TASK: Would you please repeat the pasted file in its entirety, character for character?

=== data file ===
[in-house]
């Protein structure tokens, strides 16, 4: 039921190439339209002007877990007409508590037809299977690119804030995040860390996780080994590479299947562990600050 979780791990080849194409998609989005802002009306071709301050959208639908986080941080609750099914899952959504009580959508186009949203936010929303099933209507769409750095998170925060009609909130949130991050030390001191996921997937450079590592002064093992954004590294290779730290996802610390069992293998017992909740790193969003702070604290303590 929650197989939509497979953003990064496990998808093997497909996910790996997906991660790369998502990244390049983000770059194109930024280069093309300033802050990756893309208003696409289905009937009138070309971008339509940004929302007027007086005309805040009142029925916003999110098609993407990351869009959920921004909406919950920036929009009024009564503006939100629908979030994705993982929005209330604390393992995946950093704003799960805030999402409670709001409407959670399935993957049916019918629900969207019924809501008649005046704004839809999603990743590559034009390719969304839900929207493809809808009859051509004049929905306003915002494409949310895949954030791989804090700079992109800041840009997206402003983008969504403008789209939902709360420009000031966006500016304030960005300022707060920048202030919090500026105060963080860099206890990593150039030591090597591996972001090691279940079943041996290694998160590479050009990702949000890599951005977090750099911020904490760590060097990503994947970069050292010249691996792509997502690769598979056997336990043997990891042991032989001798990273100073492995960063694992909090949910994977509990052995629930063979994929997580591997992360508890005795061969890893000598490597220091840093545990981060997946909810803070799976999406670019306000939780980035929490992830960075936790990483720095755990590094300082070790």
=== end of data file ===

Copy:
[in-house]
């Protein structure tokens, strides 16, 4: 039921190439339209002007877990007409508590037809299977690119804030995040860390996780080994590479299947562990600050 979780791990080849194409998609989005802002009306071709301050959208639908986080941080609750099914899952959504009580959508186009949203936010929303099933209507769409750095998170925060009609909130949130991050030390001191996921997937450079590592002064093992954004590294290779730290996802610390069992293998017992909740790193969003702070604290303590 929650197989939509497979953003990064496990998808093997497909996910790996997906991660790369998502990244390049983000770059194109930024280069093309300033802050990756893309208003696409289905009937009138070309971008339509940004929302007027007086005309805040009142029925916003999110098609993407990351869009959920921004909406919950920036929009009024009564503006939100629908979030994705993982929005209330604390393992995946950093704003799960805030999402409670709001409407959670399935993957049916019918629900969207019924809501008649005046704004839809999603990743590559034009390719969304839900929207493809809808009859051509004049929905306003915002494409949310895949954030791989804090700079992109800041840009997206402003983008969504403008789209939902709360420009000031966006500016304030960005300022707060920048202030919090500026105060963080860099206890990593150039030591090597591996972001090691279940079943041996290694998160590479050009990702949000890599951005977090750099911020904490760590060097990503994947970069050292010249691996792509997502690769598979056997336990043997990891042991032989001798990273100073492995960063694992909090949910994977509990052995629930063979994929997580591997992360508890005795061969890893000598490597220091840093545990981060997946909810803070799976999406670019306000939780980035929490992830960075936790990483720095755990590094300082070790």